A large part of what made the original What We Do In The Shadows film so special was it’s strange and unique sense of realism. Yes, it’s a film about vampire housemates that includes a scene with some local werewolves— but the small budget, largely improvised dialogue and a cast made up of the filmmakers’ friends lends it a confident feeling of local-ness. Now, obviously, through adapting it into an American TV show with a much bigger budget it would inevitably lose some of what made the film special, but the show purposefully departs from the film in a big way. Now in it’s second season (and just renewed for a third), the What We Do In The Shadows stands alone; with it’s own intricately painted and original characters, ever-expanding world and a creative use of special effects and mockumentary style, it is leaving its own footprint in the vampire canon.
The greatness of the second season is really mounted on the talents of both it’s leading and guest actors. The three main vampires, Nandor (Kayvan Novak), Nadja (Natasia Demetriou) and Laszlo (Matt Berry), emit a vampiric sense of being out of place and disconnected to the area they’ve been living in for lifetimes. This is exaggerated by those three being the only British actors in the main cast and they all bring their own individual comedy style to their roles, which enhances the idiosyncrasies of characters born in different corners of the world hundreds of years ago. Some episodes focus more on individuals and we learn a lot about them as the show grows the mythology around them in more comedic and eccentric ways. This season also proves that the genius idea of an energy vampire (Colin Robinson played by Mark Proksch) isn’t just a one-trick pony joke that they’ve stretched out too far, which it very easily could have been in the hands of less creative writers.
Harvey Guillen feels like a guiding force for the viewers this season as the awkward and increasingly unhappy Guillermo, the human familiar to Nandor. As last season ended on the reveal that he is a descendant of vampire hunter Van Helsing, this is a focus of some of the early episodes and threaded throughout the whole season. This obviously causes a dramatic inner conflict for Guillermo that is shown to be taking a great toll on him, but naturally allows for numerous comedic, and increasingly outlandish situations.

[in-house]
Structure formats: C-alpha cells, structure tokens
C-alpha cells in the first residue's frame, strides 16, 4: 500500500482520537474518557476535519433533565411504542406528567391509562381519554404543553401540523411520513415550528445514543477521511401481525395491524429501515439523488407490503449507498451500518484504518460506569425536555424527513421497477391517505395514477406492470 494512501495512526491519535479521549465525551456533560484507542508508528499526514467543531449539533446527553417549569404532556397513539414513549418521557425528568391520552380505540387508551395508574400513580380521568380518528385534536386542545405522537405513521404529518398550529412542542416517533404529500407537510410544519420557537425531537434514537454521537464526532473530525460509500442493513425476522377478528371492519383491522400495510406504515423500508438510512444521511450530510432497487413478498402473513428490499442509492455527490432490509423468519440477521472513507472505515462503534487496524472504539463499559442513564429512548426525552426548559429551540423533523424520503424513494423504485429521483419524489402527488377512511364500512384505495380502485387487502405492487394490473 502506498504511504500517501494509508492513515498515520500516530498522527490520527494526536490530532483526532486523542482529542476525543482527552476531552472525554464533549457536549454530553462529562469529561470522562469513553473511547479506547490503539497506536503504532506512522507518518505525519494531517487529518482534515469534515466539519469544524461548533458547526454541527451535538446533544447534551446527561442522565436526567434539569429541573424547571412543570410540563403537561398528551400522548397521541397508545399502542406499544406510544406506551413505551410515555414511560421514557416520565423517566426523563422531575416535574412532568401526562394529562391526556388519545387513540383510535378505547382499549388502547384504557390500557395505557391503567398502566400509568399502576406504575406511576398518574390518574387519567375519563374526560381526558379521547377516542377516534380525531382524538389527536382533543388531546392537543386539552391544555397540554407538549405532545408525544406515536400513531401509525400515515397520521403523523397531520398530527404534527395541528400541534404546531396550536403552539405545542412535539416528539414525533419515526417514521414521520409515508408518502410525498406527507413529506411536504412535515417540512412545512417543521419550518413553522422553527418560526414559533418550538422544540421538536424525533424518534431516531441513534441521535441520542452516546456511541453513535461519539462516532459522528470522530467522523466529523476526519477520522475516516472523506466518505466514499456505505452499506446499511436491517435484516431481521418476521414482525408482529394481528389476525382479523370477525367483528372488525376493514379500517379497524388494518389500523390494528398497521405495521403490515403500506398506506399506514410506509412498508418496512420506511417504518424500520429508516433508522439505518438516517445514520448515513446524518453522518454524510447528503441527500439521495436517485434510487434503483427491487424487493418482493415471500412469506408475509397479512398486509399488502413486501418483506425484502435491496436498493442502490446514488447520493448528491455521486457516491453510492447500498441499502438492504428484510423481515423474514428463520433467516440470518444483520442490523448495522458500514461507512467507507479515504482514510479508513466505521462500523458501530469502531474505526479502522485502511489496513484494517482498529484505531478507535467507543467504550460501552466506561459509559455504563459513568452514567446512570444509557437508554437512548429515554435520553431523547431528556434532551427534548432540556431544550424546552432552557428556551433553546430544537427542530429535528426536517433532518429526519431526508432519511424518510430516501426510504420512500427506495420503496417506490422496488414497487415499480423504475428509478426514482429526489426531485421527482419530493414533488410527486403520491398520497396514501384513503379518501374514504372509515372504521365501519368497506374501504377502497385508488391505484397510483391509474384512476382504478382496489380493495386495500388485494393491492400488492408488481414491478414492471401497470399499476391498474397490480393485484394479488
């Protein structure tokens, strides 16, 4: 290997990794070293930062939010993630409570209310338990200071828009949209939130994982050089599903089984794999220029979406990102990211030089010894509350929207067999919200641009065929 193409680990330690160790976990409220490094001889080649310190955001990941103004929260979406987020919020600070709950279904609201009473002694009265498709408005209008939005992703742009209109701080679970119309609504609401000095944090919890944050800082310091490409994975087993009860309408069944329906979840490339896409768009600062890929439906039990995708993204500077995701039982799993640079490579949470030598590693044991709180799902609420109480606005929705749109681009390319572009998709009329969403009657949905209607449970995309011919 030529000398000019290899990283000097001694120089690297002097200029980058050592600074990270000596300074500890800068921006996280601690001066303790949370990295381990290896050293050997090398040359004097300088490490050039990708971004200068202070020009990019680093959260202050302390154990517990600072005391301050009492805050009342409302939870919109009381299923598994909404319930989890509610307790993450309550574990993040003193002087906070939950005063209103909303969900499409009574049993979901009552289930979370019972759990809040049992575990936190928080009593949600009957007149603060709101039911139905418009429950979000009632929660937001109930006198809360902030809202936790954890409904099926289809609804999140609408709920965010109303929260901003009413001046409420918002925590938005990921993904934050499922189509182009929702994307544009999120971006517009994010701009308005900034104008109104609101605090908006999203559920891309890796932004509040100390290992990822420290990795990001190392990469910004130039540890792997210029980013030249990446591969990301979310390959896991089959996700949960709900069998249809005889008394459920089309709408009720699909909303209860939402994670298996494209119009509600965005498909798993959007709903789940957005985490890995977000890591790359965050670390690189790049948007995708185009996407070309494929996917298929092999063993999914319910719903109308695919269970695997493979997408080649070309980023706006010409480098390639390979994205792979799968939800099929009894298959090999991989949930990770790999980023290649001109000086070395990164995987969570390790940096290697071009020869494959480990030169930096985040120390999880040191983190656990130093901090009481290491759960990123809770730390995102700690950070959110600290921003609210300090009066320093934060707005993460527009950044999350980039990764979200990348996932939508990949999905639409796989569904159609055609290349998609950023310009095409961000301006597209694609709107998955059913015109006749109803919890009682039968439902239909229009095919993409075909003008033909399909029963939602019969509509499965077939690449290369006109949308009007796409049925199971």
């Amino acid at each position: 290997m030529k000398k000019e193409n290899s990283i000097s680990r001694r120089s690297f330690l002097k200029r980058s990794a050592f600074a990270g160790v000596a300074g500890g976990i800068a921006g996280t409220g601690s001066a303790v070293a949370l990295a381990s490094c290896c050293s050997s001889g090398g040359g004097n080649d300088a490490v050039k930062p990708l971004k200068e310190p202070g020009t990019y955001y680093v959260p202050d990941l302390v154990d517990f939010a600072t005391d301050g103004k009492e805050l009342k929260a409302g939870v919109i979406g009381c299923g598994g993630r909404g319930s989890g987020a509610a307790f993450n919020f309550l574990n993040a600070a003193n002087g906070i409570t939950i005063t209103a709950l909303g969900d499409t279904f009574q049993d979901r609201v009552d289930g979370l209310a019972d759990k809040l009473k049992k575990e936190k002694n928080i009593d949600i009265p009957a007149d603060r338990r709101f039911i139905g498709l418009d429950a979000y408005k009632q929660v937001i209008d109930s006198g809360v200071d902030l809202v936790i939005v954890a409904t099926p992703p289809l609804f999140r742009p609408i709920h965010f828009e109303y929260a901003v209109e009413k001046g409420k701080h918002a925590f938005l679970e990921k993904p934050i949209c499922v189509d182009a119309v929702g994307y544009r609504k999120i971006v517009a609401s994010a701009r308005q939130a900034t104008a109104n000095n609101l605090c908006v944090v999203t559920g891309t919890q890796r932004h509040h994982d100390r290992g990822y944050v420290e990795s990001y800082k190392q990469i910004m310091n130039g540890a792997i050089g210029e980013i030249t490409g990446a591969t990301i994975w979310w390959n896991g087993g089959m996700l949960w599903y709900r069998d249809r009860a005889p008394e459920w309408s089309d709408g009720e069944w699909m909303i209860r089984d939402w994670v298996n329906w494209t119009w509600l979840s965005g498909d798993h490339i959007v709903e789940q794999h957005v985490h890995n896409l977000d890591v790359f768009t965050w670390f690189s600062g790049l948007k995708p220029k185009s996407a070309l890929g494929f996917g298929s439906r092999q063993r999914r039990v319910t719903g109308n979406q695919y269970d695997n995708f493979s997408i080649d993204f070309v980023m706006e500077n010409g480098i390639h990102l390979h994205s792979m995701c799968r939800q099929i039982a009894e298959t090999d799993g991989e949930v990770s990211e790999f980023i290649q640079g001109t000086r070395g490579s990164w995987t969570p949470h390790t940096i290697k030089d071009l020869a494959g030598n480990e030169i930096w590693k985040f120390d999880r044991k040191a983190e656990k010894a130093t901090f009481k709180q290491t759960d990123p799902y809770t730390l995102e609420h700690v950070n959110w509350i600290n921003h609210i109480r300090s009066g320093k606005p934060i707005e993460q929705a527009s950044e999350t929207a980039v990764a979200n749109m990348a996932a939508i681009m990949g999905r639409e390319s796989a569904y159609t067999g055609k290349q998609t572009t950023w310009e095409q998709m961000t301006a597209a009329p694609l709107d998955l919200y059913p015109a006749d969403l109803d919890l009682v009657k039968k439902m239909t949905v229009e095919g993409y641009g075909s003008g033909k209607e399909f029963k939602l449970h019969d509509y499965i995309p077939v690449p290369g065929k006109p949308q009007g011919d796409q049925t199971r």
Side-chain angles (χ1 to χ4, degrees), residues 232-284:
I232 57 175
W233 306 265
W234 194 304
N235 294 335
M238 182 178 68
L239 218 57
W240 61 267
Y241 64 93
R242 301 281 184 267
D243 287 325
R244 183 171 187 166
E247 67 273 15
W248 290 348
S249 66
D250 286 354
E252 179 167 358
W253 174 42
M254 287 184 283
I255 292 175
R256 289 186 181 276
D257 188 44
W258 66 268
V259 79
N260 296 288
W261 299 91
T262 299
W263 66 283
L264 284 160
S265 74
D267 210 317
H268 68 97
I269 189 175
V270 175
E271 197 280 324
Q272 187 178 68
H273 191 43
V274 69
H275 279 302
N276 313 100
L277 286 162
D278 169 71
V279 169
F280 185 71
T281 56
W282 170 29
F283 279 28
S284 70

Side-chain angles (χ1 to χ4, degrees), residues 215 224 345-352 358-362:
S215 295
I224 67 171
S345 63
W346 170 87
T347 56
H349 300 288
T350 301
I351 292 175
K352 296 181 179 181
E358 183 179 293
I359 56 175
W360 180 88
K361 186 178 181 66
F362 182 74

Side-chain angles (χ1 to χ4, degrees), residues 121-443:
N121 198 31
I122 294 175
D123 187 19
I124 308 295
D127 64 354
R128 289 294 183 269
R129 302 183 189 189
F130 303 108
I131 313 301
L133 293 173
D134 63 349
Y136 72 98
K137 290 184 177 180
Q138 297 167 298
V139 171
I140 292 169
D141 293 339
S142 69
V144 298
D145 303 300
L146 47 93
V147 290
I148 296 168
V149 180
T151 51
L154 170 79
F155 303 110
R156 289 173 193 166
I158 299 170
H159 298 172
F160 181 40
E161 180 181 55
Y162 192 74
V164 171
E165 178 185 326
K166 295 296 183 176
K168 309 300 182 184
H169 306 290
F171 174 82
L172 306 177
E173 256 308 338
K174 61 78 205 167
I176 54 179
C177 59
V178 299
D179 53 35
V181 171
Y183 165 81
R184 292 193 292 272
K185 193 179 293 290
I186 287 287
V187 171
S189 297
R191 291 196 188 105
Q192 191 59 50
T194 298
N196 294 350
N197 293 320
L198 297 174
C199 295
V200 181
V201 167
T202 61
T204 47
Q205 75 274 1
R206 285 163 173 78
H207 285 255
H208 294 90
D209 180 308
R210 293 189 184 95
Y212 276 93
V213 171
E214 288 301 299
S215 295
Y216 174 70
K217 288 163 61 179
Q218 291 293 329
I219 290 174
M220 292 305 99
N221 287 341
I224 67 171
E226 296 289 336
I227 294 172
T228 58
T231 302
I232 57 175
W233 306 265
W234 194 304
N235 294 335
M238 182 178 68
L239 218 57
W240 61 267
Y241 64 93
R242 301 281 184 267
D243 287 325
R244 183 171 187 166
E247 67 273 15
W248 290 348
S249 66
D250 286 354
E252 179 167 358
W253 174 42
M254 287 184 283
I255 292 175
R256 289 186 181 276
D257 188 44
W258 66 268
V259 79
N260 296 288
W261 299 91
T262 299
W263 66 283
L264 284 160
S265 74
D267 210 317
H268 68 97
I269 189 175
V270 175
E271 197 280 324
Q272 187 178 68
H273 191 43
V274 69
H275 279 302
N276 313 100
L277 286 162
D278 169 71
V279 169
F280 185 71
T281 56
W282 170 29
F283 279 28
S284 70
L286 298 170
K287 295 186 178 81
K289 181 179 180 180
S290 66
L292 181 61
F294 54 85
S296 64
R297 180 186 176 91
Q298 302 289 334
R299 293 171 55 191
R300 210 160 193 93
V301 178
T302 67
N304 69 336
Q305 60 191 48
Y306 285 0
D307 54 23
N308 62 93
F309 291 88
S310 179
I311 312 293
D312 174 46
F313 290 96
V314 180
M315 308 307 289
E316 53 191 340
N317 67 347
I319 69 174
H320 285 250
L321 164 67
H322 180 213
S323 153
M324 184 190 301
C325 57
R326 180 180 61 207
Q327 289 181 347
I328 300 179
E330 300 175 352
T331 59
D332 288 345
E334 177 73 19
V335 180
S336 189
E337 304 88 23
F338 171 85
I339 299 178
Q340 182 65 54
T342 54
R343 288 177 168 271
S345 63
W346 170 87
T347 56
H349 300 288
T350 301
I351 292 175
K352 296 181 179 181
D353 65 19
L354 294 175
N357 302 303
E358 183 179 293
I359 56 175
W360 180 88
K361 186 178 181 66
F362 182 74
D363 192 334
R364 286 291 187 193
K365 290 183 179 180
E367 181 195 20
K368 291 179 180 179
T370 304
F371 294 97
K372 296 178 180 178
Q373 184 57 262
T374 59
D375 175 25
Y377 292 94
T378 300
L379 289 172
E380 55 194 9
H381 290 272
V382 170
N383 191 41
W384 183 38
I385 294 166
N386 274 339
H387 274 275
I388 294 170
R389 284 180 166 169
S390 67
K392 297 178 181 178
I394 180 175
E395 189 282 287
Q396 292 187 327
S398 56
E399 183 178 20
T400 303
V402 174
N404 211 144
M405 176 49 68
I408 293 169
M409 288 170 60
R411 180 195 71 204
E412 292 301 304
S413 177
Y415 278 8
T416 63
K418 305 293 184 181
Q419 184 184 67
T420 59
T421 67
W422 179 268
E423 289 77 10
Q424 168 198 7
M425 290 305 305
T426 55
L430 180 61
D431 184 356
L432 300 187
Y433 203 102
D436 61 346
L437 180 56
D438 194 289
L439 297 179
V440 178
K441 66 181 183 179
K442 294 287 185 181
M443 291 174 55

These outlandish situations don’t stop at just Guillermo’s door, season two dives head first into all the possibilities of a comedy set in a world where witches, zombies, ghosts and trolls all exist. Compared to last season, these plots and different creatures are introduced and explored with a quickening pace but the show manages not to lose sight of the central relationships. These supernatural and absurd plots are heightened by the incredible guest stars —most notably Benedict Wong, Mark Hamill and Lucy Punch— that seem remarkably at home in this world.
Some of these story lines are ridiculous. Really, really absurd. And this is exacerbated by the three main vampires’ frustrating lack of common sense that leads to misunderstandings in classic sitcom style. All of the most absurd aspects are grounded by the comedy, like Benedict Wong’s necromancer Wallace who is described by Laszlo as a “shyster… obsessed with the up-sell” who cons them out of $300 and is scatting and texting while attempting to reanimate a dead character. This scene had moments that would be right at home in a horror film – a theme that runs throughout the series which includes a macabre talking doll and a zombie climbing the wall – but it never takes itself at all seriously. The scenes can move from a moment of pure supernatural horror and drama to sitcom beats with incredible ease. Like the frantic and scary scene of a group of vampire hunters running through a house full of vampires, that is punctured with slapstick humour, video phone footage and scored by an 80s pop song.
It also remarkably stays loyal to the mockumentary format and creatively utilises both its limitations and benefits, all while capturing elements of Gothic and supernatural horror, un-distracting special effects and comedy that would satisfy both fans and newcomers. The season manages to successfully maintain its unique comedic tone, specific to this world and these characters, that welds genres, forms and comedic styles with incredible ease. It also approaches vampire mythology with a steady hand and somehow, while parodying it, also leaves its own distinctive mark.
What We Do in the Shadows S1 & 2 is now available to stream in full on BBC iPlayer
by Madeleine Sinclair
Madeleine (she/her) is a film student at the University of Winchester currently working on a dissertation on women killers in giallo films. She’s a big horror fan (the tackier the better) and also loves sci-fi and fantasy. Right now, she thinks her favourite films are Pan’s Labyrinth, The Wicker Man and Deep Red but she is also very indecisive. You can follow her on Twitter and Instagram at @madeleinia and Letterboxd here.